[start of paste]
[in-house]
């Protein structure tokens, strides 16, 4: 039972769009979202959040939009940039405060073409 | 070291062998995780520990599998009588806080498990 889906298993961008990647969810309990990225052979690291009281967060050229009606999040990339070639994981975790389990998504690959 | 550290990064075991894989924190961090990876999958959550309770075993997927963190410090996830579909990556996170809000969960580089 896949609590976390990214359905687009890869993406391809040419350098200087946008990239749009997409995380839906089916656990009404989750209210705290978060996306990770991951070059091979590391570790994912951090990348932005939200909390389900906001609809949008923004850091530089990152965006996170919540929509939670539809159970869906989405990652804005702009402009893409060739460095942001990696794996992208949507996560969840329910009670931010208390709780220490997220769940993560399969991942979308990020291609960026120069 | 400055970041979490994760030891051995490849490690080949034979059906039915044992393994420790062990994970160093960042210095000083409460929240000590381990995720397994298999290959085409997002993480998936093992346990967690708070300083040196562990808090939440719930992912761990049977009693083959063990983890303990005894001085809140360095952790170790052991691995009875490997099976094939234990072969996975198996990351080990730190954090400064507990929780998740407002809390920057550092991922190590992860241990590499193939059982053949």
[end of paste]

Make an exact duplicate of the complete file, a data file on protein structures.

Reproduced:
[in-house]
């Protein structure tokens, strides 16, 4: 039972769009979202959040939009940039405060073409 | 070291062998995780520990599998009588806080498990 889906298993961008990647969810309990990225052979690291009281967060050229009606999040990339070639994981975790389990998504690959 | 550290990064075991894989924190961090990876999958959550309770075993997927963190410090996830579909990556996170809000969960580089 896949609590976390990214359905687009890869993406391809040419350098200087946008990239749009997409995380839906089916656990009404989750209210705290978060996306990770991951070059091979590391570790994912951090990348932005939200909390389900906001609809949008923004850091530089990152965006996170919540929509939670539809159970869906989405990652804005702009402009893409060739460095942001990696794996992208949507996560969840329910009670931010208390709780220490997220769940993560399969991942979308990020291609960026120069 | 400055970041979490994760030891051995490849490690080949034979059906039915044992393994420790062990994970160093960042210095000083409460929240000590381990995720397994298999290959085409997002993480998936093992346990967690708070300083040196562990808090939440719930992912761990049977009693083959063990983890303990005894001085809140360095952790170790052991691995009875490997099976094939234990072969996975198996990351080990730190954090400064507990929780998740407002809390920057550092991922190590992860241990590499193939059982053949």